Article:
Check out these events coming up this month at the Brooklyn Historical Society:
Two Sides Sounding: The Unsung City
Tuesday, September 16, 7:30 pm
$20/$15 for BHS and Green-Wood Members
New music ensemble Two Sides Sounding sings the stories of everyday heroes fighting the system in New York City. This BEAT Festival concert features the premiere of Bruce Bailey, an “urban cantata” about the life of the late tenants’ rights activist, and the opera scene Stop and Frisk, a look at two childhood friends in conflict over a police incident.
An Urban Education in Three Acts: Hold Fast to Dreams, Deborah Meier and Yo, Miss: A Graphic Look at High School
Wednesday, September 17, 7 pm
$5/Free for BHS and Green-Wood Members
Joshua Steckel and Beth Zasloff, authors of Hold Fast to Dreams join renowned educator Deborah Meier for an eye-opening discussion of the extreme challenges faced by low-income students reaching for a higher education. Teacher Lisa Wilde and two former students add to the conversation with a spoken word/rap performance based on Wilde’s zine Yo, Miss: A Graphic Look at High School. This is an official Brooklyn Book Festival Bookend Event.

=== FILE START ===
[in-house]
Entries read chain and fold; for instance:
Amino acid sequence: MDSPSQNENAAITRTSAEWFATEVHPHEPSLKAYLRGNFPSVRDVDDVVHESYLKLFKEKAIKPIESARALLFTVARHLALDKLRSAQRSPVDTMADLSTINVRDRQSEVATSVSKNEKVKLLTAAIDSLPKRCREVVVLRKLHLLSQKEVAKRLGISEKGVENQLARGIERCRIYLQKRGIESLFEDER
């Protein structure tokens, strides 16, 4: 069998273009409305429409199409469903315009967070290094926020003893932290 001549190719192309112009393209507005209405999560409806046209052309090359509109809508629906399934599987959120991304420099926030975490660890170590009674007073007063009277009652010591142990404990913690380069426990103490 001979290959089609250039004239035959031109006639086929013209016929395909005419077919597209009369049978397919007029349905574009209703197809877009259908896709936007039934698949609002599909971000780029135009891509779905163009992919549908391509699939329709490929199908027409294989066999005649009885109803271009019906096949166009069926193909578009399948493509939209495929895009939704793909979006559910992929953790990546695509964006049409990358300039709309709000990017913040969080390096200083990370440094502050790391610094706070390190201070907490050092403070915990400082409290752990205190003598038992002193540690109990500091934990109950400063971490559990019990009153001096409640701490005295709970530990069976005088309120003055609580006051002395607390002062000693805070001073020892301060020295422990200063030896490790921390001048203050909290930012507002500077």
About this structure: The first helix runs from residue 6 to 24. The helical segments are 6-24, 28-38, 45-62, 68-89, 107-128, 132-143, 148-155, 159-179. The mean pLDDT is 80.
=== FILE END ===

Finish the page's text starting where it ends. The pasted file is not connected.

Black Churches and the Civil Rights Movement: A Legacy of Activism
Thursday, September 18, 6:30 pm
Jennifer Jones Austin, CEO of the Federation of Protestant Welfare Organizations and co-chair of Mayor de Blasio’s transition team, moderates a lively conversation inspired by the experiences of her father, Rev. William A. Jones, who used his pulpit at Bed-Stuy’s Bethany Baptist Church to lead the charge for social change. Panelists include other pastors who contributed significantly to the battle for civil rights: Rev. Dr. Herbert Daughtry of House of the Lord, Rev. David B. Cousin, Sr., of Bridge Street AME and Rev. Dr. John L. Scott of St. John’s Baptist Church.
Brooklyn Book Festival
Sunday, September 21, 10 am – 6 pm
Join thousands of book lovers as they descend on BHS for an entire day of exciting literary-themed events, including panel discussions, readings, book signings and more.
(Photo Courtesy Brooklyn Historical Society)